All in all, it’s relatively unsurprising that cars are as inefficient as they are. Sivak’s analysis found that, in 2010, BTU per person mile was 4,218 for driving versus 2,691 for flying, and then Amtrak trains (1,668), motorcycles (2,675) and transit buses (3,347).

Check out our new 93-page EV report, based on over 2,000 surveys collected from EV drivers in 49 of 50 US states, 26 European countries, and 9 Canadian provinces.


About the Author

I'm a Christian, a nerd, a geek, and I believe that we're pretty quickly directing planet-Earth into hell in a handbasket! I also write for Fantasy Book Review (.co.uk), and can be found writing articles for a variety of other sites. Check me out at about.me for more.


    Airplanes are not more efficient than those. Actually, Airplanes use more CO2 per passenger than cars, buses and ferries. By that sad CO2 Equivalent gram/passenger is at the highest level for airplanes which is very surprising. (Source: http://www.airboard.co/ )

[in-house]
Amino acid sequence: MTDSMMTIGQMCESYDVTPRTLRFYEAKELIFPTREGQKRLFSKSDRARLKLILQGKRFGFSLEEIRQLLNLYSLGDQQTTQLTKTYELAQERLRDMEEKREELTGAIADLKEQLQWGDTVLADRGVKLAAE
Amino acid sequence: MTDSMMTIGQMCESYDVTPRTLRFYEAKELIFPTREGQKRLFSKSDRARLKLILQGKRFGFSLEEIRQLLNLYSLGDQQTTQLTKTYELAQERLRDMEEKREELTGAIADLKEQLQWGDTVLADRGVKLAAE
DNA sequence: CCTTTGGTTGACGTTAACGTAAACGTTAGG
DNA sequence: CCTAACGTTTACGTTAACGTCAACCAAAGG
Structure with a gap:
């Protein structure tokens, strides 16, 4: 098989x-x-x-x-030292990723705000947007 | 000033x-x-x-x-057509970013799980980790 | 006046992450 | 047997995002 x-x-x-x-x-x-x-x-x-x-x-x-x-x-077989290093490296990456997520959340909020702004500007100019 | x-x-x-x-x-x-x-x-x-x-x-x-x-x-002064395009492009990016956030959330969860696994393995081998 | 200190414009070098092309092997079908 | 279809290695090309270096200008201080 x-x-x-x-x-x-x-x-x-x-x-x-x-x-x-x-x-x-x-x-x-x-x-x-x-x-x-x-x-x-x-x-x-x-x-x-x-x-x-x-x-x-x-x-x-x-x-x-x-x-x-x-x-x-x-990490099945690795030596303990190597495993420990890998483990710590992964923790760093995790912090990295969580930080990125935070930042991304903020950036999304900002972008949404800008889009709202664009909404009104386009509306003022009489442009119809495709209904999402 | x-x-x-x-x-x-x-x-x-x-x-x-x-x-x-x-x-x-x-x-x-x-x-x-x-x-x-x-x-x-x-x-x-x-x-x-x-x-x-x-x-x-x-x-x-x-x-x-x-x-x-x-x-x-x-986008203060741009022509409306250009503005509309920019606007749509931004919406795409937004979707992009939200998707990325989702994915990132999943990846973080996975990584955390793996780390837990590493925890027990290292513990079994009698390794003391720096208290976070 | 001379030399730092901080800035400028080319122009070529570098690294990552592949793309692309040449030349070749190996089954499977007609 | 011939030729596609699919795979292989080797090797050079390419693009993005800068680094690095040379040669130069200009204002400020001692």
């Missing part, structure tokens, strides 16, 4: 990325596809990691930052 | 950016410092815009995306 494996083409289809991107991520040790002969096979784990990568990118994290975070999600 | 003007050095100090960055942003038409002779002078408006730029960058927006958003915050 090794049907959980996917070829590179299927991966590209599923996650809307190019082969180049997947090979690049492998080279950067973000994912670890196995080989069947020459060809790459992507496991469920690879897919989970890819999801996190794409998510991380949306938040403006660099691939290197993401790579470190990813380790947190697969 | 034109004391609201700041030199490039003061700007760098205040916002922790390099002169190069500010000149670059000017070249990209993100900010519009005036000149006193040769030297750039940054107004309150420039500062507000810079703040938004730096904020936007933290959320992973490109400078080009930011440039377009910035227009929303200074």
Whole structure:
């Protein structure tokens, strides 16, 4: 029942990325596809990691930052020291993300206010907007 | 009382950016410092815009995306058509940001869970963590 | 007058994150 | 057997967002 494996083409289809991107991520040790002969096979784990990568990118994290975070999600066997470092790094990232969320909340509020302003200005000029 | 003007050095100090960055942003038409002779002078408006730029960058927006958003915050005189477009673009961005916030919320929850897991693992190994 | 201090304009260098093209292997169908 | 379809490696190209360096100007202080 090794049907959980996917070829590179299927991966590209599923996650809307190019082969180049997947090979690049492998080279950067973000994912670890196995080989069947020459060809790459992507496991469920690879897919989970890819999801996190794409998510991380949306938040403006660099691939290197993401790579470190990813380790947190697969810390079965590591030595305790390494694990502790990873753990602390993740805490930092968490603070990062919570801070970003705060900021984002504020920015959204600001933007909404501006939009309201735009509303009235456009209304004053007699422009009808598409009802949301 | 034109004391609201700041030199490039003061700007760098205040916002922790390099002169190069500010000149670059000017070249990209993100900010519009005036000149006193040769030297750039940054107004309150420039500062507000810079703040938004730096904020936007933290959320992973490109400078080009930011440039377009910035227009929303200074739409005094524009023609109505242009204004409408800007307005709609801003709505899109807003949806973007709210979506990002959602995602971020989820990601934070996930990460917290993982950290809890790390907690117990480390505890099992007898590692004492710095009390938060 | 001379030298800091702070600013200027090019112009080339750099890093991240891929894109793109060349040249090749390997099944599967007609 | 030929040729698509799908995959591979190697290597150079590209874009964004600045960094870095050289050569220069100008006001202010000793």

• Eklads

      It’s true but just why?

  • Guest

    Airplanes are not more efficient. Actually, Airplanes use more CO2 per passenger than cars, buses and ferries. By that sad CO2 Equivalent gram/passenger is at the highest level for airplanes which is very surprising. (Source: http://www.airboard.co/)

  • Hari

    Sometime last year on Clean Technica, I commented that electric vehicles should be developed solely for public transport and not individual use. I stick by it. Cars are inefficent modes of transport that create pollution, dirty engine oil and are ‘dangerous at any speed’! Let us stop wasting time and scarce resources in creating electric cars for individual use. Let us design highly efficient mass transport systemsfor the public or even moving roads.

  • Benjamin Nead

    I’ve seen several studies comparing air travel to train travel to cars. They all seem to come to different conclusions. And, yes, you don’t take a jetliner to the corner grocery store, nor do trains make very good transoceanic vehicles.